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The consistently high quality of research in Theology and Religious Studies at Chester and the benefits it has brought to society have been recognised in the latest Research Excellence Framework (REF 2021). This is the UK’s system for assessing the quality of research in UK higher education institutions, that assesses research publications, research impact and research environment.

Academics within the Department of Theology and Religious Studies submitted to Unit of Assessment 31: Theology and Religious Studies, with research activity spread across sub-disciplines of Biblical Studies, Religious Studies (Historical and Social-Scientific) and Theology (Systematic and Practical/Contextual).  The examples of research impact case studies submitted indicate the breadth of expertise within the department: ‘Facilitating Access to Addiction Recovery: Spirituality in a Secular World’ and ‘Motivating Changes in Attitudes and Practice towards the Consumption of Animals’. The assessment of the submission found 88% to be world leading (4*) or internationally excellent (3*).  By this measure, University of Chester was 7th of 31 submissions in the UK and ahead of some ‘Russell Group’ Universities, in addition to being first in the ‘Cathedrals Group’.  Furthermore, the University of Chester saw the largest increase in the percentage of the overall submission assessed as 4*/3* between REF 2014 and REF2021 within this Unit of Assessment.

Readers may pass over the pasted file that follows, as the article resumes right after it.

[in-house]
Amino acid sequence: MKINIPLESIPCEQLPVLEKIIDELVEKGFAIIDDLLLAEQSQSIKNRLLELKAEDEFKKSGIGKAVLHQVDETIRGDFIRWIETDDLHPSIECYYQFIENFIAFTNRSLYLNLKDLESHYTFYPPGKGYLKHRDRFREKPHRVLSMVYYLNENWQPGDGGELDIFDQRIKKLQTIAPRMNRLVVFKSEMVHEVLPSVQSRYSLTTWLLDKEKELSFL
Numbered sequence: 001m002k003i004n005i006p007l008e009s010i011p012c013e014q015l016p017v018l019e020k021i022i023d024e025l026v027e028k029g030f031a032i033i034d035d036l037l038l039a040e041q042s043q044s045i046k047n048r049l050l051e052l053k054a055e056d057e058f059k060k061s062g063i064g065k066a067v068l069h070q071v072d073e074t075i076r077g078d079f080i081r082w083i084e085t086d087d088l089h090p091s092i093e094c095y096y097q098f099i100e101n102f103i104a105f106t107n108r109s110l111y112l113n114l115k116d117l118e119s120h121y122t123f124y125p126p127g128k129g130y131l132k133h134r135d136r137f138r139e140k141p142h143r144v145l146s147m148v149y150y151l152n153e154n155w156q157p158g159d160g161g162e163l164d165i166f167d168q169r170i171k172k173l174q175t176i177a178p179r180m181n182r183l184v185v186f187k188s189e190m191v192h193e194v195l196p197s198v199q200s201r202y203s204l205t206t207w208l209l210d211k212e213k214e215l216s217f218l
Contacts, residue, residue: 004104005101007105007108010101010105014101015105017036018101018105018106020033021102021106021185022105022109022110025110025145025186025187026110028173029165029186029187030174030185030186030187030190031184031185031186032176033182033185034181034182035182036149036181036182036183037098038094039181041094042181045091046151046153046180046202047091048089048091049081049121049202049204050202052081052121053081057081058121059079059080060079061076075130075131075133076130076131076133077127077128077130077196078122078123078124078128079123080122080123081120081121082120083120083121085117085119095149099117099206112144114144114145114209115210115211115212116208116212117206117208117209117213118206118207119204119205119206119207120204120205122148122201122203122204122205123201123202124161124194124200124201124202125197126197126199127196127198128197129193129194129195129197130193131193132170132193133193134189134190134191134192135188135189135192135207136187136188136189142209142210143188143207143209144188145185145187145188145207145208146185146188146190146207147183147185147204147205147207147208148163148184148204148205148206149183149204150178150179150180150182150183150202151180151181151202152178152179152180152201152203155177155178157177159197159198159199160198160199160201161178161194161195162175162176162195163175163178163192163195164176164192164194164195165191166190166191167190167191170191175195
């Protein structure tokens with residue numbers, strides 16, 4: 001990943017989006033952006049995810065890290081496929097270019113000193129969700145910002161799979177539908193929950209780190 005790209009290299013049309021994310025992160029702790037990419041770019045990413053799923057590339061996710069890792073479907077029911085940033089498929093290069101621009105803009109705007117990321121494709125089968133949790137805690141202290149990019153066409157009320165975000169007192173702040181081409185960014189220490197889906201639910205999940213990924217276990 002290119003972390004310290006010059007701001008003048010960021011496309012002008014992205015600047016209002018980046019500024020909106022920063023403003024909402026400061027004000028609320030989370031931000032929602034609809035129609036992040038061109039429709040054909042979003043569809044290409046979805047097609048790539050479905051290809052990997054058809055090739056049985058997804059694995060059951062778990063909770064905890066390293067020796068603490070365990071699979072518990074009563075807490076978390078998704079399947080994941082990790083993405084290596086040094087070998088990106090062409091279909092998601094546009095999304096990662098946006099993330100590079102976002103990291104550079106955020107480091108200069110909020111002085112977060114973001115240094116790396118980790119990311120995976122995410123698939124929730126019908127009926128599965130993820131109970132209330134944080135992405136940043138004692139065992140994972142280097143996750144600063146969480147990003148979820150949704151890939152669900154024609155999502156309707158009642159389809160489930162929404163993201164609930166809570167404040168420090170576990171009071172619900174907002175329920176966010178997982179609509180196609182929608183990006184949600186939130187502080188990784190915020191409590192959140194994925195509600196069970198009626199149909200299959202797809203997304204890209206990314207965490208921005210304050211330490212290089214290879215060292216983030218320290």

A Department spokesperson said: “We are delighted that the excellent research and impact undertaken by our academic colleagues has identified Theology and Religious Studies at the University of Chester as being one of the highest performing in the UK.  Postgraduate and Undergraduate students alike can be confident that they are being supervised and taught by passionate academics who are world leading/internationally excellent in their field.  This impressive result combined with consistently high student satisfaction scores makes TRS Chester an exceptional department with a commitment to excellence in both research and teaching.”

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